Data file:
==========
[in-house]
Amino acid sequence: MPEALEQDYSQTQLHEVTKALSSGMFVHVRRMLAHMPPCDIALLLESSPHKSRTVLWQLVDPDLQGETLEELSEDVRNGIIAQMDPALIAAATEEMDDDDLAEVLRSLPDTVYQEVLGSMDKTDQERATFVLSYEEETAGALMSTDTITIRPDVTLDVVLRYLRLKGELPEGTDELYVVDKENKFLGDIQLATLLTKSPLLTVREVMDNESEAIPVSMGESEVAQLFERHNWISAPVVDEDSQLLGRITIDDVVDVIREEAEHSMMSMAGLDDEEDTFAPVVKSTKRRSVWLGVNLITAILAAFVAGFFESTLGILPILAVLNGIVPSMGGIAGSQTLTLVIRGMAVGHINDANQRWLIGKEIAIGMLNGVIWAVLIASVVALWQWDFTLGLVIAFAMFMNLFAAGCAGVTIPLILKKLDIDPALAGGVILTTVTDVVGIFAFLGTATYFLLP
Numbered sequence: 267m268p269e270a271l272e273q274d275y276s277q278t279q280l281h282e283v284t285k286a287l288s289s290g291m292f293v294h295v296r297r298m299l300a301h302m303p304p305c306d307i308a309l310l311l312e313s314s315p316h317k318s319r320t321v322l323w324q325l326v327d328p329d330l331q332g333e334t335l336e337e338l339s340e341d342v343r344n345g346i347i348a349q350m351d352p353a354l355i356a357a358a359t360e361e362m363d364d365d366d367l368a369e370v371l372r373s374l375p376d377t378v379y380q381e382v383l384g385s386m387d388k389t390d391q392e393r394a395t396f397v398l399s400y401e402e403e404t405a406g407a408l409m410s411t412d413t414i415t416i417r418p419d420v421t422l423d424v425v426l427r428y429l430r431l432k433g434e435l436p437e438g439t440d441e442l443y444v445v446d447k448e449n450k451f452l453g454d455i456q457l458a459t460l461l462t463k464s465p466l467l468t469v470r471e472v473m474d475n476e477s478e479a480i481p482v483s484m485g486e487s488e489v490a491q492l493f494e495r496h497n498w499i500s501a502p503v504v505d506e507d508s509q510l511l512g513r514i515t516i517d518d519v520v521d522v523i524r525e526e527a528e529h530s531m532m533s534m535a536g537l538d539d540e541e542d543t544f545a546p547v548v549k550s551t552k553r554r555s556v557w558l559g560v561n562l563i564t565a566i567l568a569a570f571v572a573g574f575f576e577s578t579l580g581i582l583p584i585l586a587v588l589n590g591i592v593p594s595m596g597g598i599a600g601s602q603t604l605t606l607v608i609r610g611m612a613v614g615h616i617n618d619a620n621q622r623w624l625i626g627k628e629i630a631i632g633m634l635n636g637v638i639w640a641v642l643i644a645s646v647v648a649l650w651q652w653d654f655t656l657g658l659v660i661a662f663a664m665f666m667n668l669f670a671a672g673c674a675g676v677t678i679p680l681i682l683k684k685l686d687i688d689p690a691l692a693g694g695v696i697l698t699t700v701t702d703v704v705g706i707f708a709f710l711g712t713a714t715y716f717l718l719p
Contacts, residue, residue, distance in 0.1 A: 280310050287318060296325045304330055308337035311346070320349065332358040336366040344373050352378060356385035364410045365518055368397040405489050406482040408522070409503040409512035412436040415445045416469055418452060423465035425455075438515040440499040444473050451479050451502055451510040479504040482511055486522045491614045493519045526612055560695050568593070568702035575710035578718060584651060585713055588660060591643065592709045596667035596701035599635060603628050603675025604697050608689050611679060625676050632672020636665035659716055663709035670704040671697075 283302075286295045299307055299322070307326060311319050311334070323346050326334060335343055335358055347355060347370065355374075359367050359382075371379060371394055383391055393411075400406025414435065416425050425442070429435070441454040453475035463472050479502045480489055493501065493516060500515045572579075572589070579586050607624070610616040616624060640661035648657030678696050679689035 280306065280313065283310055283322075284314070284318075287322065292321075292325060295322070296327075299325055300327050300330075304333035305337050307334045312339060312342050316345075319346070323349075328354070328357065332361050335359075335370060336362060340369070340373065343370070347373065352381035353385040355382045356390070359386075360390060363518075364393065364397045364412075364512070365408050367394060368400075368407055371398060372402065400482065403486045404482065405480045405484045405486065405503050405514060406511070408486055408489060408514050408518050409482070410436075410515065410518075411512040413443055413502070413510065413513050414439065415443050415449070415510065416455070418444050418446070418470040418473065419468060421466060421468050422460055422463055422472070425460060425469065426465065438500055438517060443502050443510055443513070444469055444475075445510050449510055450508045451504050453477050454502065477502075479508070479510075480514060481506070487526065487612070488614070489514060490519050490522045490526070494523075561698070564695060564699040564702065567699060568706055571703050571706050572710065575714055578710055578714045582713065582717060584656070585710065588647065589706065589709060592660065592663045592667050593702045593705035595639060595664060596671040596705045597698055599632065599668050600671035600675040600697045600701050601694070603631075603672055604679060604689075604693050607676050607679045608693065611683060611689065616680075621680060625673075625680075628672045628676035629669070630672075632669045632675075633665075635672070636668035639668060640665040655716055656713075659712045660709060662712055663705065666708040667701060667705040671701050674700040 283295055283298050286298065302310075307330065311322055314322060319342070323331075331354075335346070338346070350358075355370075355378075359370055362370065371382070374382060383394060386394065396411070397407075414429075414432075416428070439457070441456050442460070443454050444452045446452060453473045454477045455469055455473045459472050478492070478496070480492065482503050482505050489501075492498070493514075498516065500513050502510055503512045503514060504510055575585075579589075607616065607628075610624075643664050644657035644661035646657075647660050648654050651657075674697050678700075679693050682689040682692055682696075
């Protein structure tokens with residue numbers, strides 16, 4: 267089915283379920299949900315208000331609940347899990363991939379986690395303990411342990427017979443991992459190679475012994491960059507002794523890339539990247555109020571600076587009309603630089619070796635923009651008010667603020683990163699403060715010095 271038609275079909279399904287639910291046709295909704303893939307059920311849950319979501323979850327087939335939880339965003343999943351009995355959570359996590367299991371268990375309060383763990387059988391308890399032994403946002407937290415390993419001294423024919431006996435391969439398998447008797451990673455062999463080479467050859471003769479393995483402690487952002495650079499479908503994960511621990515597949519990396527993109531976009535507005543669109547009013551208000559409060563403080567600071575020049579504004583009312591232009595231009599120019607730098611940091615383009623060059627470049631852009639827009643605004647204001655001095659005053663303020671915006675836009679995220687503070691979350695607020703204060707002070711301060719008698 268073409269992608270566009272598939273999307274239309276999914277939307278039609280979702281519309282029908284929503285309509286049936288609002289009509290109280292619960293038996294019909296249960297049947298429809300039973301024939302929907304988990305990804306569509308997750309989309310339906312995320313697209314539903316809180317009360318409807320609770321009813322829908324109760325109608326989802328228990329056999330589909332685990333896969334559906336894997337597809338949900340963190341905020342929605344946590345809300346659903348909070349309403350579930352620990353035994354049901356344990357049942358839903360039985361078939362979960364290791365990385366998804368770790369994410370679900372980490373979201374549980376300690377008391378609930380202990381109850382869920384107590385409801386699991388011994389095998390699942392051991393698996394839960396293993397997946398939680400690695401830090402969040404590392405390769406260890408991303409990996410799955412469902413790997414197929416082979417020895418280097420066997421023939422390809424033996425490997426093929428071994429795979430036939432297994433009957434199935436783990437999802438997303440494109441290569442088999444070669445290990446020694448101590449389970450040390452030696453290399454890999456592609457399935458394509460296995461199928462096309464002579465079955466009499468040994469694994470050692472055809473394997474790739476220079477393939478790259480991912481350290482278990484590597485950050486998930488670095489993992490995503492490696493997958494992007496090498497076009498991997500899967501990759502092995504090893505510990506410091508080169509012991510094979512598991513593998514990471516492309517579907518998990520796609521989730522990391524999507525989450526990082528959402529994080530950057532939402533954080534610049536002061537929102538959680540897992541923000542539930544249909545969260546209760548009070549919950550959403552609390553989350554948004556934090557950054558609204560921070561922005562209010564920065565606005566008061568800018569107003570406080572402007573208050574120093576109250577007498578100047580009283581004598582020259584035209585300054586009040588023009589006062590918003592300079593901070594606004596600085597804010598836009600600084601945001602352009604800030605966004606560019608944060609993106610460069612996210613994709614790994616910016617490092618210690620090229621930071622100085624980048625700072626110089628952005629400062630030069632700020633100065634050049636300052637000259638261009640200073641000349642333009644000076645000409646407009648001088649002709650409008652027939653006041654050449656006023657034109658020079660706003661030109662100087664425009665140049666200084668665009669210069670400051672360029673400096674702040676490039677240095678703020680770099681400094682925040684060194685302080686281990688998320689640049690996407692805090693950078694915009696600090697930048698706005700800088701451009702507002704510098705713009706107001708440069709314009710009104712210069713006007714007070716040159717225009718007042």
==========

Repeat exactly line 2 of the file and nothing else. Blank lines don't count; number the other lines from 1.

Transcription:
Amino acid sequence: MPEALEQDYSQTQLHEVTKALSSGMFVHVRRMLAHMPPCDIALLLESSPHKSRTVLWQLVDPDLQGETLEELSEDVRNGIIAQMDPALIAAATEEMDDDDLAEVLRSLPDTVYQEVLGSMDKTDQERATFVLSYEEETAGALMSTDTITIRPDVTLDVVLRYLRLKGELPEGTDELYVVDKENKFLGDIQLATLLTKSPLLTVREVMDNESEAIPVSMGESEVAQLFERHNWISAPVVDEDSQLLGRITIDDVVDVIREEAEHSMMSMAGLDDEEDTFAPVVKSTKRRSVWLGVNLITAILAAFVAGFFESTLGILPILAVLNGIVPSMGGIAGSQTLTLVIRGMAVGHINDANQRWLIGKEIAIGMLNGVIWAVLIASVVALWQWDFTLGLVIAFAMFMNLFAAGCAGVTIPLILKKLDIDPALAGGVILTTVTDVVGIFAFLGTATYFLLP